Microsoft’s Windows Phone 7 platform would make a great base for a tablet computer. A lot of people are behind that idea. Unfortunately, Microsoft’s management are not among them. Microsoft co-founder and Chair Bill Gates is no longer involved in day-to-day operations. However, Business Insider reports that Gates had a thing or two to say about the so-called “post-PC era” when interviewed on the BBC. Although he doesn’t directly mention Windows Phone, it could be argued that Gates implies that Microsoft Windows (PC) is the platform for tablets.
This makes sense since Gates promoted Microsoft’s Tablet PC concept which was based on Windows XP. You can learn a lot about Gates’ position and its apparent influence on Microsoft today by reading this June 2008 USA Today piece that was written shortly before Gates stepped away from Microsoft’s CEO position.
It mentions the Microsoft Surface Table in Gates’ former office and how Gates believed its touch screen interface was the future. Microsoft Tablet is a variant of Microsoft Windows, of course. The article goes on to describe the areas that interested Gates and were Microsoft’s focus in 2008.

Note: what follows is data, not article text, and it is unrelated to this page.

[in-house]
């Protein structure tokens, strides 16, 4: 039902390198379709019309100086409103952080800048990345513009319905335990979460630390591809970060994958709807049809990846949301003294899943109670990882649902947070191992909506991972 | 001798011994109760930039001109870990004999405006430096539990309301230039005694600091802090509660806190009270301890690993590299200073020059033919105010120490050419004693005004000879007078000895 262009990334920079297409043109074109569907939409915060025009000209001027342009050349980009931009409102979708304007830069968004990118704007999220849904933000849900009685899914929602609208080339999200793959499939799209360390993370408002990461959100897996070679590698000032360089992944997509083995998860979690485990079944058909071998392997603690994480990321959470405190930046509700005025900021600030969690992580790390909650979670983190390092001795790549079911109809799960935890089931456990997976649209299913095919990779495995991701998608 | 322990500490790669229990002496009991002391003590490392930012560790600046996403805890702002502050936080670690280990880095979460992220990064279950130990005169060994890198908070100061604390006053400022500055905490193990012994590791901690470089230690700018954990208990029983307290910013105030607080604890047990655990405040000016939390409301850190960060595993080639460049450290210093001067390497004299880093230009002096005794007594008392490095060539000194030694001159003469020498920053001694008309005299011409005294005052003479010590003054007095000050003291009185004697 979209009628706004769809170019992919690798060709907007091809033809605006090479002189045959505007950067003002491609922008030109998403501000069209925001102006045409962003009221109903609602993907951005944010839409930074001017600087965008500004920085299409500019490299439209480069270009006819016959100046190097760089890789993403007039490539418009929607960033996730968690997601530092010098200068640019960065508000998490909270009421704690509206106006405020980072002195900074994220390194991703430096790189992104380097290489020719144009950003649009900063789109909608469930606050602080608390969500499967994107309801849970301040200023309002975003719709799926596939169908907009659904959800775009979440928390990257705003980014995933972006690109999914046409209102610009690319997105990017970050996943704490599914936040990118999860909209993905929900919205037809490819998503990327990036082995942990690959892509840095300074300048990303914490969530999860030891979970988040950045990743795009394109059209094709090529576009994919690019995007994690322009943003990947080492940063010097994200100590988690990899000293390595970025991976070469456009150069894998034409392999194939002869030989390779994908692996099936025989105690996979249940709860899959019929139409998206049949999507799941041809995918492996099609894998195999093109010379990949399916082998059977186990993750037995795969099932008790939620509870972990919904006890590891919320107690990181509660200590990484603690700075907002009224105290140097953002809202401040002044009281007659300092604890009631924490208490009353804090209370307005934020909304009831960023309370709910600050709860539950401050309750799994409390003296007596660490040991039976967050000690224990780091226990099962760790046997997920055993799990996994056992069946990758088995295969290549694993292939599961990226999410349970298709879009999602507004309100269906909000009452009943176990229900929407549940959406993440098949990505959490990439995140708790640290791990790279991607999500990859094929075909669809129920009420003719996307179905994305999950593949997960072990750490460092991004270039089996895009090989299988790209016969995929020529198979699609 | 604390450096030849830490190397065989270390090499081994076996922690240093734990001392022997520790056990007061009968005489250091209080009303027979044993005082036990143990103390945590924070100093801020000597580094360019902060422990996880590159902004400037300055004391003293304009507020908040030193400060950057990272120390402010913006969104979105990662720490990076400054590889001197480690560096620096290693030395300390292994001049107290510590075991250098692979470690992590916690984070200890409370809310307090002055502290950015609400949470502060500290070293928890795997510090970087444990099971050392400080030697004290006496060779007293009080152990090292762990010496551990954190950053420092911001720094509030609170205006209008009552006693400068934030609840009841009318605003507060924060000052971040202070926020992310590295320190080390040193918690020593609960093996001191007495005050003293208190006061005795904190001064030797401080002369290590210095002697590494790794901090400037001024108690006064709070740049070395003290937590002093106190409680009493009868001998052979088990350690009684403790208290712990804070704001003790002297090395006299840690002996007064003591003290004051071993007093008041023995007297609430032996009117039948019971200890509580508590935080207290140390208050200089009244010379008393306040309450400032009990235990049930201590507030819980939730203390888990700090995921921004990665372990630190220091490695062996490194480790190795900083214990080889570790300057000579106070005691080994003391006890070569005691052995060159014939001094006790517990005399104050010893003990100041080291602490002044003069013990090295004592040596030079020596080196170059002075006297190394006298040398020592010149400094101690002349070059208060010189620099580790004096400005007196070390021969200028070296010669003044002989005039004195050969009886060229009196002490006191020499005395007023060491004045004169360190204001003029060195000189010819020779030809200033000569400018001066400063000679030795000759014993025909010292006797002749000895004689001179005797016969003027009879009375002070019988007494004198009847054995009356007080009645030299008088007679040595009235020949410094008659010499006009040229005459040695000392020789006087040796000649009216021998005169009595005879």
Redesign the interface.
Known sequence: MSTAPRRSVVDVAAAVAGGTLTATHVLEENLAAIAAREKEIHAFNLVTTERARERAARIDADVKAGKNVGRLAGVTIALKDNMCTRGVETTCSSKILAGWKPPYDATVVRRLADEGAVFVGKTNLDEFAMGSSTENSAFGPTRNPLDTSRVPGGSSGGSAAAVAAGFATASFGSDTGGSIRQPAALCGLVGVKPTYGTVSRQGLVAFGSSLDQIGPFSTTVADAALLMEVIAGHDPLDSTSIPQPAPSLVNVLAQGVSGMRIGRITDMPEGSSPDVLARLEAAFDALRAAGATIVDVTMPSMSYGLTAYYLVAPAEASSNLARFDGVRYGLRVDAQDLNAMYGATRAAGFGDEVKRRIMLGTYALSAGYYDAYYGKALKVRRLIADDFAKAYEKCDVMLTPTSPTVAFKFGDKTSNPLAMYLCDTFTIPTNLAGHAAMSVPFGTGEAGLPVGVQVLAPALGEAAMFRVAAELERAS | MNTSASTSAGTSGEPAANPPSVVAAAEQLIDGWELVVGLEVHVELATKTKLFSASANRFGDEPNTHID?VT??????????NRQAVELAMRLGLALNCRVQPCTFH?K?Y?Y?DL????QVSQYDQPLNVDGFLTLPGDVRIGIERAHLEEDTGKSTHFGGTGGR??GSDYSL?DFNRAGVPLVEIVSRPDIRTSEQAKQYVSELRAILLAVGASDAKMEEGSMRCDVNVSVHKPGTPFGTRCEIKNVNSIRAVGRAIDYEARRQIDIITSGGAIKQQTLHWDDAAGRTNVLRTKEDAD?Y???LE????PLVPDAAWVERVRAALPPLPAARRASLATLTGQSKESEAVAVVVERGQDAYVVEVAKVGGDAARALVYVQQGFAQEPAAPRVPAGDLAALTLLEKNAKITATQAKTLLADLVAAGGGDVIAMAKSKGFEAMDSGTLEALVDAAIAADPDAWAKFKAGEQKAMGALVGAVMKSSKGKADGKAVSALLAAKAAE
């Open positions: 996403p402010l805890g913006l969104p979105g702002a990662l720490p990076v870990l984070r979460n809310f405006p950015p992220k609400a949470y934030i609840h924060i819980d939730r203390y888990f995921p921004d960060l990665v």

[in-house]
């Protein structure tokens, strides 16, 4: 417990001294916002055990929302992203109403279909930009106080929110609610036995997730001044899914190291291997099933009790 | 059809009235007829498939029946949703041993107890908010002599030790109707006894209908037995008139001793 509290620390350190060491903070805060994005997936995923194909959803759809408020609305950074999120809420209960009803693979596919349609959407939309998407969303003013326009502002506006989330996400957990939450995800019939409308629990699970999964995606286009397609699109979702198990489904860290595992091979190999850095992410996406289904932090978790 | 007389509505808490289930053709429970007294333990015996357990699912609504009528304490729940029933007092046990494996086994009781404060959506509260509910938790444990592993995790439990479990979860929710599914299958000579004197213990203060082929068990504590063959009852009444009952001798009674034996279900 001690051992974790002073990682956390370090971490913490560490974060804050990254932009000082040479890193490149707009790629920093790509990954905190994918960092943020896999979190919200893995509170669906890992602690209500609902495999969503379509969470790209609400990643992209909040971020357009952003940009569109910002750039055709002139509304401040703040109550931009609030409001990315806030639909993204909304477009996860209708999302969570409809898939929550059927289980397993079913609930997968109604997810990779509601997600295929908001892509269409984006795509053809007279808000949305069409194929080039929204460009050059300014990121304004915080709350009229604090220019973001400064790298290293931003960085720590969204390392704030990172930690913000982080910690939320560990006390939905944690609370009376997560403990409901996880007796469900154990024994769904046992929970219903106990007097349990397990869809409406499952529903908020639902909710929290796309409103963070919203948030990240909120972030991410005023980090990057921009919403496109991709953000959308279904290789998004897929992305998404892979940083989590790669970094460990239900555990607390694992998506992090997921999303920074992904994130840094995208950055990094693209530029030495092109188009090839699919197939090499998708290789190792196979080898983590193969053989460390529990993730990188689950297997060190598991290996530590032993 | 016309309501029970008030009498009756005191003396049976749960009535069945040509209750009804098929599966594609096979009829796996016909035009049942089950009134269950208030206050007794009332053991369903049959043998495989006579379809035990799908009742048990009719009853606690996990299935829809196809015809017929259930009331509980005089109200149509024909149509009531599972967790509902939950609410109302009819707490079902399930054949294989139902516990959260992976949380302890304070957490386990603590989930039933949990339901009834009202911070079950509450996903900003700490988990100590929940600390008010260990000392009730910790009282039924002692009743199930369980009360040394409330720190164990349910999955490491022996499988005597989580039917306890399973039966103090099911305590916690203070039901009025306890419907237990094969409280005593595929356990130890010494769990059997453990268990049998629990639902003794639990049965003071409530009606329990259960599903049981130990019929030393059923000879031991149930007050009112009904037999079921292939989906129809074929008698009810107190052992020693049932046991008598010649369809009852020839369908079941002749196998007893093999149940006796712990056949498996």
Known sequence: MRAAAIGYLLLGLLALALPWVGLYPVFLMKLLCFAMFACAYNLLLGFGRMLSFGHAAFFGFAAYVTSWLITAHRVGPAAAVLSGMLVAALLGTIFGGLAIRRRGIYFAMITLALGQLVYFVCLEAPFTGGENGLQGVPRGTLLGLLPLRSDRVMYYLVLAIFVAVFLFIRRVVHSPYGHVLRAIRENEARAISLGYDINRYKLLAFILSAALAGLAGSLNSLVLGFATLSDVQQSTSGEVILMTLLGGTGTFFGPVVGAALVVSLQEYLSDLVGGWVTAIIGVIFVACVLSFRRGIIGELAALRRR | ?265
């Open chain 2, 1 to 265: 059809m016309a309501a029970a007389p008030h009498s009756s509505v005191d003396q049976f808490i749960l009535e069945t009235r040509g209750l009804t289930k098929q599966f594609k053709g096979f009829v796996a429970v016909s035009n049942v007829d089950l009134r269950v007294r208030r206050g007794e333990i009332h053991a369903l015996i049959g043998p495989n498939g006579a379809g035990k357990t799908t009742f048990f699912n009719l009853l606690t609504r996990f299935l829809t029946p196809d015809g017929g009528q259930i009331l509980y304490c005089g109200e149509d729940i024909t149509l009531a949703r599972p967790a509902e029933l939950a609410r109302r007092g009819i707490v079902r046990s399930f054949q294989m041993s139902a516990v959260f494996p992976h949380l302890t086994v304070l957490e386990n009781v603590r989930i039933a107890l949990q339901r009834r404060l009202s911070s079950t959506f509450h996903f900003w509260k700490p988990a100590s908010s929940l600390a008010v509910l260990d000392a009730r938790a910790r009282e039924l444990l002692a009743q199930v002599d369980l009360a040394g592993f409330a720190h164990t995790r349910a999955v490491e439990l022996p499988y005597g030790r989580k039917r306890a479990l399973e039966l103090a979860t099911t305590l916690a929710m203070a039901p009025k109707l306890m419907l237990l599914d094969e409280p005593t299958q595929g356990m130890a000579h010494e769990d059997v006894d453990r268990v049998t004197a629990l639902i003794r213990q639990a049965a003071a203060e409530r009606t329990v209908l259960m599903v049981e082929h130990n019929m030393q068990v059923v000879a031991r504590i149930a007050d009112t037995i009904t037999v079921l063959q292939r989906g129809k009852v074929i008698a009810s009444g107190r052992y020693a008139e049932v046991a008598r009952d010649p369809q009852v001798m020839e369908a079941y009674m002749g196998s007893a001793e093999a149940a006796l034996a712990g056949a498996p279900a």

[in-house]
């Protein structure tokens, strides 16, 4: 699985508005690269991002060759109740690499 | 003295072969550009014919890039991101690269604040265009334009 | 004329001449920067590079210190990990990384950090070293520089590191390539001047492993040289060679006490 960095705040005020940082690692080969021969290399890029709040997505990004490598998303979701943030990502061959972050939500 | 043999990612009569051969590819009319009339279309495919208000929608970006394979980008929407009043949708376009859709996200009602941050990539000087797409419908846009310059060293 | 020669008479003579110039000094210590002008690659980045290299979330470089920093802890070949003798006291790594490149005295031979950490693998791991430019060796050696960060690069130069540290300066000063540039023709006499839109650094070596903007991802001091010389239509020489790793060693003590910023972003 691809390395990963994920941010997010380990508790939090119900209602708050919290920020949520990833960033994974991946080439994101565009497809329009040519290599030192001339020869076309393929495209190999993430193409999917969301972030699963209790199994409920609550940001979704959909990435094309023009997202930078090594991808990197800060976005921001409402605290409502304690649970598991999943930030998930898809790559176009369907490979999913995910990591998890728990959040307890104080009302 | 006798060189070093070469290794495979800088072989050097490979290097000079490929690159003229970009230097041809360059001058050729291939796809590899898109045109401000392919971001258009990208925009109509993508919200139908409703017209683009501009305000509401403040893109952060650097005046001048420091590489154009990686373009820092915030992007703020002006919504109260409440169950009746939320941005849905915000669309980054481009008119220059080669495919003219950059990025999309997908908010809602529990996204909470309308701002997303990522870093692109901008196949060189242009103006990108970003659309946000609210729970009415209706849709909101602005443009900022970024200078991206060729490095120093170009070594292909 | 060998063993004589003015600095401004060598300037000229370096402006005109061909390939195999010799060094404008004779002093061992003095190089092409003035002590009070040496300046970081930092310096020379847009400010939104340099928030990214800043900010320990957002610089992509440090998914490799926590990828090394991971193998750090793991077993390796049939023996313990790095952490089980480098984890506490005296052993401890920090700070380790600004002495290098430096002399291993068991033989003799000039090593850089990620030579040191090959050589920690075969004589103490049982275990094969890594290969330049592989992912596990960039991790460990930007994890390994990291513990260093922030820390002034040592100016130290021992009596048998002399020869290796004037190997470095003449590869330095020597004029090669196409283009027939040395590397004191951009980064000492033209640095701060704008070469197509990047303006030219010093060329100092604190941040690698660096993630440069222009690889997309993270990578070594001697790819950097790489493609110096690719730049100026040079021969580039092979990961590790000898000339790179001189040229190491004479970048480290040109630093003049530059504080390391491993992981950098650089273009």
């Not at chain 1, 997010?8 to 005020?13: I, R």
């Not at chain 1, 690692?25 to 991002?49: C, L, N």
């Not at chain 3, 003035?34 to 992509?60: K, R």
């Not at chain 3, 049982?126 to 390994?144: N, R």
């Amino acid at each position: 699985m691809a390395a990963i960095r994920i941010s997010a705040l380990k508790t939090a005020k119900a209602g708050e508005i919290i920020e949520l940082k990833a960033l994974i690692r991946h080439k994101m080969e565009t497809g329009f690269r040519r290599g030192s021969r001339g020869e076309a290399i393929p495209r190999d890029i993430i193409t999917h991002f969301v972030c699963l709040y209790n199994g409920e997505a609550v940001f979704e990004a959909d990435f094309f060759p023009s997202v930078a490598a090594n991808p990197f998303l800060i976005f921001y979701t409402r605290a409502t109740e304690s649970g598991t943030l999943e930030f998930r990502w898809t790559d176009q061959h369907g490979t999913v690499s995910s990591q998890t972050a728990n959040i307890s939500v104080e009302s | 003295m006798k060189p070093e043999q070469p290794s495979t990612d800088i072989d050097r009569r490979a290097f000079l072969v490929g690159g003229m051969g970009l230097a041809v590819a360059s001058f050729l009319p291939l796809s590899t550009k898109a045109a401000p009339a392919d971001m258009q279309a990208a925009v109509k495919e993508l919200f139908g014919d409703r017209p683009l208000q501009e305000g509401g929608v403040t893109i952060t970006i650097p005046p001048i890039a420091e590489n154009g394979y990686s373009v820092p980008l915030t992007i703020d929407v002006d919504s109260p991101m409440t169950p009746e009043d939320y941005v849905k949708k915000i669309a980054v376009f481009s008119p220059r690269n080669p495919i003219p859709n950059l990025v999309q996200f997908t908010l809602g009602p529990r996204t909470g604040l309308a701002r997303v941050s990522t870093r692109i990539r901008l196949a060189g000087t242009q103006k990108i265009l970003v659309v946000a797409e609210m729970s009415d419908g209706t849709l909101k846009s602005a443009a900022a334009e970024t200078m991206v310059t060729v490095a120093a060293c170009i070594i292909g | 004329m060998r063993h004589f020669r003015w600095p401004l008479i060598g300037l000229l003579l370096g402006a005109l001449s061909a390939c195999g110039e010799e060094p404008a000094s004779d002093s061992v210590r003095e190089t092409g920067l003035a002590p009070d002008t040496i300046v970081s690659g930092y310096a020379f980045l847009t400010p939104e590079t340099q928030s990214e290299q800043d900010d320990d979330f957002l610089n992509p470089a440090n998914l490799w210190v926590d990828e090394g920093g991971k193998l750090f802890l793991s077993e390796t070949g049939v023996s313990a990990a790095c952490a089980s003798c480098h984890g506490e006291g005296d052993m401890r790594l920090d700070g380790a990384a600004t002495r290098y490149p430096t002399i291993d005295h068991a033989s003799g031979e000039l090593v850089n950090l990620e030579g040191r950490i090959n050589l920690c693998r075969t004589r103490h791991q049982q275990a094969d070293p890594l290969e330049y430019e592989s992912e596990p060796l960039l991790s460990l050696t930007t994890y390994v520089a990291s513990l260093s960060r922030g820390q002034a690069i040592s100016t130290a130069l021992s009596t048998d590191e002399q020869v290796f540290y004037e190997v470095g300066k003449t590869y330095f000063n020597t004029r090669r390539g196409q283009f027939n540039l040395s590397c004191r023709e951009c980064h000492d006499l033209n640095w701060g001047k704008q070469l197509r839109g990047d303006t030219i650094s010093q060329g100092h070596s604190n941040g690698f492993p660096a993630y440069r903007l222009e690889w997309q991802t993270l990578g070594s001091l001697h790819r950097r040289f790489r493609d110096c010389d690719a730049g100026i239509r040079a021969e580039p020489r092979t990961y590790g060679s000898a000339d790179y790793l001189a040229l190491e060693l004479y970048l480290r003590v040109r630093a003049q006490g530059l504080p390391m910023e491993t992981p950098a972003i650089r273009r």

- Pen/stylus use
- Voice command/speech recognition (currently used in Ford Sync and elsewhere)
- Touch in the Microsoft Surface Table sense
Microsoft is currently the only major platform vendor without a true tablet strategy. They continue to support tablets running full Microsoft Windows 7 and the hardware required to run it effectively. Windows 7 is a fine (perhaps even great) desktop or notebook platform. But, it does not require its apps to be designed for touch as Android, iOS, webOS and even RIM’s QNX tuned for the PlayBook do. Until it provides a consistent app interface, Windows tablets will not be a true tablet play.
Video courtesy of creamhakcered (WinRumors)